Whether it’s the diagnosis of a close friend, relative or even a work colleague – it can be hard knowing how to react to such a drastic change to someone’s life.

Take the first step of supporting this person by engaging with them on a personal level and making sure that they don’t feel alone when they need your help the most. Don’t let your own inhibitions stop you from making a real difference to someone’s life, if you feel like someone needs a helping hand then you should.

Talk about it

The first step in supporting a friend with cancer is having a conversation with them. Before you start racking your brain for how you should bring up the subject of their illness, consider how they might feel. Sometimes it can be better to open up a relaxed dialogue and let the subject arise naturally, rather than barrelling head first into it.

When you choose to have this conversation is also important. Don’t pick a loud, hectic environment that might force you to raise your voice. Find a quiet secluded place where you can sit together and make sure to keep eye contact with them as much as possible. Just make sure you give them the time and space needed to talk to you in their own way.

Go for a walk

Although cancer treatments can often play havoc with the body, it’s still imperative that those going through treatment get some fresh air and exercise from time to time. If your previous attempts at broaching the topic of their disease have fallen flat, then a change in scenery might prove to be just the thing to help them open up.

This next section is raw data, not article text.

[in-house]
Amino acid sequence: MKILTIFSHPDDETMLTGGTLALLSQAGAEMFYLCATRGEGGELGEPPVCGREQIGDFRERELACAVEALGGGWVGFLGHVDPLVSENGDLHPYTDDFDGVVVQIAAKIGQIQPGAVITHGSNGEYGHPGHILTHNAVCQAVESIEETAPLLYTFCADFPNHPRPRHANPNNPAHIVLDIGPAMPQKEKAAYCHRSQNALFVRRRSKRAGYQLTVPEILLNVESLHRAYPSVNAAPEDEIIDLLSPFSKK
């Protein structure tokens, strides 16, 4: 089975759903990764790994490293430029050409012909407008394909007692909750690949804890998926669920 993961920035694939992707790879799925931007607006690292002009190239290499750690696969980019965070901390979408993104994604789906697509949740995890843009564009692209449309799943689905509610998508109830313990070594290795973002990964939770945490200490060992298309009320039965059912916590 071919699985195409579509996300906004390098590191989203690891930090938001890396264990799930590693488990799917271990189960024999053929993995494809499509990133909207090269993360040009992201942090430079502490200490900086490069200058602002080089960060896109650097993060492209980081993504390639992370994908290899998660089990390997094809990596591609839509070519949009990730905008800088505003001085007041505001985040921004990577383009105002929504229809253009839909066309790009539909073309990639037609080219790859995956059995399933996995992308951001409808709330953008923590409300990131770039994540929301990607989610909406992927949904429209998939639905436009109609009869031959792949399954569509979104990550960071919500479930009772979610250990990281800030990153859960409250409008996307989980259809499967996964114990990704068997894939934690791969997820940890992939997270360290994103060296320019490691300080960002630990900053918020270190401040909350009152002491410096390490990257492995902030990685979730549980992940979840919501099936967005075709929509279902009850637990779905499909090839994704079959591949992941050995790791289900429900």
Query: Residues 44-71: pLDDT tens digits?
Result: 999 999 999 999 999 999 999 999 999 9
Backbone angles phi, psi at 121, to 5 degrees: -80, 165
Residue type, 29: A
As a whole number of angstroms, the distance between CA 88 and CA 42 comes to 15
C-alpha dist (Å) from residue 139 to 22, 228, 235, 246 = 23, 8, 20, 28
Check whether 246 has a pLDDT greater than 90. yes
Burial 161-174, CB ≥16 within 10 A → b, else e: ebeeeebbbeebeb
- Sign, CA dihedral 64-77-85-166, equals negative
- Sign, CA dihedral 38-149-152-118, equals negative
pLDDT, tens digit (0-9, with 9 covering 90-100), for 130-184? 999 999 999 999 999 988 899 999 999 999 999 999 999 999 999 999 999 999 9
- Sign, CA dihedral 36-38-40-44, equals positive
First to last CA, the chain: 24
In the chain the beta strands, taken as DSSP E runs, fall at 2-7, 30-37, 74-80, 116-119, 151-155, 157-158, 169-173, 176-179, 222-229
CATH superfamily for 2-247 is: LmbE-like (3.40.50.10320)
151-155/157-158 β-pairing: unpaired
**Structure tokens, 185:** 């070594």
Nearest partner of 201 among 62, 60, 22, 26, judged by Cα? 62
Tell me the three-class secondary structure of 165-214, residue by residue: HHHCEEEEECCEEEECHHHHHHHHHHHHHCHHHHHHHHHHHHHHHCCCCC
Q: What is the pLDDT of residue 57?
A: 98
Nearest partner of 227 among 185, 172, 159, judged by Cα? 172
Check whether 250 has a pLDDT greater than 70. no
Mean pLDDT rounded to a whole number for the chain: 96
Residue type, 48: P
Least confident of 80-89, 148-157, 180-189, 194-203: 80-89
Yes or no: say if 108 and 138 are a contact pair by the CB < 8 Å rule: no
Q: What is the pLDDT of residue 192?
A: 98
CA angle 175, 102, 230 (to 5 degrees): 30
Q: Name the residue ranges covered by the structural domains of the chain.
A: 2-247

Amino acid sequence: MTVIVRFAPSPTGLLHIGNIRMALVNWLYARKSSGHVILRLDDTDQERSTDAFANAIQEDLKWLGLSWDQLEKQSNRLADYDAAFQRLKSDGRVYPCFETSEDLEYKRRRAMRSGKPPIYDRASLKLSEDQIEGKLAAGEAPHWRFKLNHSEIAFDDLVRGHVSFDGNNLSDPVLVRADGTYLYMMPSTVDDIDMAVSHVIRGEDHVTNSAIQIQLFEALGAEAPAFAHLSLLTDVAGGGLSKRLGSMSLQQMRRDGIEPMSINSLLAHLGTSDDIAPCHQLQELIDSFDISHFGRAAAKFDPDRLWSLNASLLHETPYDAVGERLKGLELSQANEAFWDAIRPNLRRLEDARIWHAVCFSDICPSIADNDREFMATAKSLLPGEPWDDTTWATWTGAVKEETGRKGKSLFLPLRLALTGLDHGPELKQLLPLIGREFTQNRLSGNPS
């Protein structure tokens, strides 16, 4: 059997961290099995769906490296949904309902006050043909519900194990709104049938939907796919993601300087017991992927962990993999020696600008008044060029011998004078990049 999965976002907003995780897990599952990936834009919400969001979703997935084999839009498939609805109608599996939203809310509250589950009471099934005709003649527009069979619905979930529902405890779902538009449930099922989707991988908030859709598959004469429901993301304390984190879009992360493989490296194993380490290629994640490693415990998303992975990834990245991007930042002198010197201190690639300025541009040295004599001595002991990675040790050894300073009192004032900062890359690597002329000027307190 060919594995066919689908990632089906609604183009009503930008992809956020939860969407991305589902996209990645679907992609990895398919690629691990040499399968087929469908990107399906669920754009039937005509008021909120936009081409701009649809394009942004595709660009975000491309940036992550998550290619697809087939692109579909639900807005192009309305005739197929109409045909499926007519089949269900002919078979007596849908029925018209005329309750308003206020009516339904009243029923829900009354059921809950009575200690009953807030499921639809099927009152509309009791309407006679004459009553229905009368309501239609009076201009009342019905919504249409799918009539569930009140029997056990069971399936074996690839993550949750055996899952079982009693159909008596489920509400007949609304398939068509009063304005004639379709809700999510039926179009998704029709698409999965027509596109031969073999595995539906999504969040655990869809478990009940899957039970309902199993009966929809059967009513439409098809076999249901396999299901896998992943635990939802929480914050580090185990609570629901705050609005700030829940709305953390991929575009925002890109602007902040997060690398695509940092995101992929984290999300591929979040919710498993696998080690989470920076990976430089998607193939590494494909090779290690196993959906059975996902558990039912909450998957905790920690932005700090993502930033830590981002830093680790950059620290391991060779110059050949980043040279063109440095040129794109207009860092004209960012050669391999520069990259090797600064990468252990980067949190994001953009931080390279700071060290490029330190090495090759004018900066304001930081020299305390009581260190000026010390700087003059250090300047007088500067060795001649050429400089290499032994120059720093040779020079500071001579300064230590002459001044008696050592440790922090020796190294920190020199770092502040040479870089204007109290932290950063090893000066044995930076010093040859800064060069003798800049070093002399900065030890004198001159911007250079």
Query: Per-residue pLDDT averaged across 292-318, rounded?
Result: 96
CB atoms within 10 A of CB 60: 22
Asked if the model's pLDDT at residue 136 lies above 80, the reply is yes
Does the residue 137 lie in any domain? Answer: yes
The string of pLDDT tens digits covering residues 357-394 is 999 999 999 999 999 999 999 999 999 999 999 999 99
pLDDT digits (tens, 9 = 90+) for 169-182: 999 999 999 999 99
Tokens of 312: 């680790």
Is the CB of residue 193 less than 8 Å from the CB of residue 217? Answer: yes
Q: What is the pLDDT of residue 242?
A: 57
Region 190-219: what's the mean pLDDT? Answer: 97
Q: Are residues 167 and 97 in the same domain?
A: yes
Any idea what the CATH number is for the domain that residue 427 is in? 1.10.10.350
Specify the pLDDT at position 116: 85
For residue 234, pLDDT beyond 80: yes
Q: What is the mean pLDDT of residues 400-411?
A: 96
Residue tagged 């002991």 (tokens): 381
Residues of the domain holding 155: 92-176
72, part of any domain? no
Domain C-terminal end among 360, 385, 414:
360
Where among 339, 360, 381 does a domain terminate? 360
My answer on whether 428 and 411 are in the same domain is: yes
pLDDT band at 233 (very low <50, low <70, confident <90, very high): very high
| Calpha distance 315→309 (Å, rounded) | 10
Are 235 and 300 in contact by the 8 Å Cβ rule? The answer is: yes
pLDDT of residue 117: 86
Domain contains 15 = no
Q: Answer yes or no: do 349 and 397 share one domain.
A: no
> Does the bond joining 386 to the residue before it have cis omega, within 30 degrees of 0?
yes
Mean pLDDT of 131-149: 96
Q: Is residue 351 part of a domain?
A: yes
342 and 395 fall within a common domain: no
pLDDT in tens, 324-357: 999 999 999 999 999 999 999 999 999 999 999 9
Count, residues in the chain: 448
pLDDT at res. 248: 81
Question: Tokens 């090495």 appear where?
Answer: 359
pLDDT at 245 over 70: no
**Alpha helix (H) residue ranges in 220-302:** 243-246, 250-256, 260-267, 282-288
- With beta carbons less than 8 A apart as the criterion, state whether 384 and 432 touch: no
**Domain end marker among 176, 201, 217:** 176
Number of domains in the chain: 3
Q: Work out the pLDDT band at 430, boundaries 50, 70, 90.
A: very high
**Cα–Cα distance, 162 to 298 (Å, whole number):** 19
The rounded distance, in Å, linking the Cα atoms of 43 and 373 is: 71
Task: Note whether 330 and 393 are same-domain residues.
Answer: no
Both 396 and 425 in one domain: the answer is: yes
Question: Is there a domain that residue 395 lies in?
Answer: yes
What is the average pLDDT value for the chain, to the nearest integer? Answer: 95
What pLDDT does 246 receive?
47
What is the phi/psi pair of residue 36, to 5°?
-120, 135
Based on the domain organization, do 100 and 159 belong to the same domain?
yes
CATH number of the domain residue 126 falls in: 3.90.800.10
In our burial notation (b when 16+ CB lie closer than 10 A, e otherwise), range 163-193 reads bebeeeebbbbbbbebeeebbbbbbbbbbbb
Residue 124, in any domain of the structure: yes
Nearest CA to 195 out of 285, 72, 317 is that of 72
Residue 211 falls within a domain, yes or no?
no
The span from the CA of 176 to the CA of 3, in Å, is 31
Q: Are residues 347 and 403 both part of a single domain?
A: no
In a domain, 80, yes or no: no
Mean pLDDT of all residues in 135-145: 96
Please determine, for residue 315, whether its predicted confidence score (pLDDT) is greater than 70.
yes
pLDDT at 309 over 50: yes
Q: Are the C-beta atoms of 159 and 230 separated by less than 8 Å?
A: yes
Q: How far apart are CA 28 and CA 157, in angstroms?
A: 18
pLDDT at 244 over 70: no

Take your friend or relative out for walk somewhere pleasant. National Trust Gardens are affordable places to visit at any time of the year, especially if you’re still looking for a quiet place to talk. Otherwise, do some research and look at a short walk that you can take in your local community. Even a short walk can be an excellent help for mood and morale.

Organise a coffee morning

A coffee morning can be an easy way to engage members of your community in fundraising and can provide a great opportunity for people to talk about cancer in an open, relaxed environment. Many local venues, such as churches or halls, offer out their space for hire but will often consider to host your coffee morning for a cut price or even for free.

Once you’ve set a venue, you’ll need to publicise the event to make sure that you get plenty of people along. On the day, you’ll need a few helpers to give you a hand with crockery and setting up some tables. Don’t forget that it’s not a coffee morning unless there’s cake, make sure a few people bring along a couple of showstoppers to really wow your attendees and keep a few boxes around for donations.

Run for a charity

There’s never been a better time to get out running for charity. There are now well over a hundred running events that take place in the UK throughout the year. From the humble 5k run organised in your local village, to mammoth events such as the London Marathon; there’s a running event to suit all tastes.

Raising money for your chosen event is as easy as setting up a donation page on Just Giving (justgiving.co.uk). Of course, if you’d rather go back to basics with your fund raising strategy then you can always simply knock on doors in your local community with a clip board! Whichever distance you end up running, make sure that your friend with cancer knows they have your support.

Plan for the future

Supporting your friend or relative can also be as simple as making plans for the future. Whether it’s a walk to the park tomorrow, a dinner out next week or a concert in a month’s time; by organising activities ahead of schedule you can give them something to look forward to beyond their treatment.